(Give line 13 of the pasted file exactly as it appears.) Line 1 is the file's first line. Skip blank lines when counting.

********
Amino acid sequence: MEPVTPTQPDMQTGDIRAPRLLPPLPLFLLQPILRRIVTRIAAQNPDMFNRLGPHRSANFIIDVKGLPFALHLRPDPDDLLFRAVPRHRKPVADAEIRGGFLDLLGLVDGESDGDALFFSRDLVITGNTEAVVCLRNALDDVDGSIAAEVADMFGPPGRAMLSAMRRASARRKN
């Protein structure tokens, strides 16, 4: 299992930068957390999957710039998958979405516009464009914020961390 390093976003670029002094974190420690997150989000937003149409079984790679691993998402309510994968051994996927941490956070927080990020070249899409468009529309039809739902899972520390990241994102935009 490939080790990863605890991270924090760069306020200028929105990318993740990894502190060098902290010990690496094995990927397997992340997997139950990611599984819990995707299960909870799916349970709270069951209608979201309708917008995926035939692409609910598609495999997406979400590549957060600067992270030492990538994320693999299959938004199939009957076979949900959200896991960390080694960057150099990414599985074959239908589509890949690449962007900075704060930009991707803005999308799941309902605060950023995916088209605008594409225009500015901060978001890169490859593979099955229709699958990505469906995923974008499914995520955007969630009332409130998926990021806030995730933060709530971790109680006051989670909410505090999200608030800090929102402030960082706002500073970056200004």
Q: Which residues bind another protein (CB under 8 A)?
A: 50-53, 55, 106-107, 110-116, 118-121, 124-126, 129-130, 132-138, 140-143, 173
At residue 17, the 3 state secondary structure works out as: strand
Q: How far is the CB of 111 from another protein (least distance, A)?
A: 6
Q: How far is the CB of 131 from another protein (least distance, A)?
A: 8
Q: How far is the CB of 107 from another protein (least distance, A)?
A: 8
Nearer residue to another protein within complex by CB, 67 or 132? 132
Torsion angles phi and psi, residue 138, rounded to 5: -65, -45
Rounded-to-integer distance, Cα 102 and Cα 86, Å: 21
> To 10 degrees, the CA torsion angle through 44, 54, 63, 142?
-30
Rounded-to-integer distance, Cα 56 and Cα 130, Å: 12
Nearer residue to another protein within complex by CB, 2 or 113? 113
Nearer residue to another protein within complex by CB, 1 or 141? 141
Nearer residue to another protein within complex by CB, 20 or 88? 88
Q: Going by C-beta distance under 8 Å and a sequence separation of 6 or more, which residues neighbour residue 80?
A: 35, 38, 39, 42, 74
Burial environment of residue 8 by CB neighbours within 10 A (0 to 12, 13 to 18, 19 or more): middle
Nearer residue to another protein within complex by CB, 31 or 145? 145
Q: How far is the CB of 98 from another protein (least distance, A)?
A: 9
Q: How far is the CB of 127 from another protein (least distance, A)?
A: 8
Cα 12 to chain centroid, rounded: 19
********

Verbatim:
Torsion angles phi and psi, residue 138, rounded to 5: -65, -45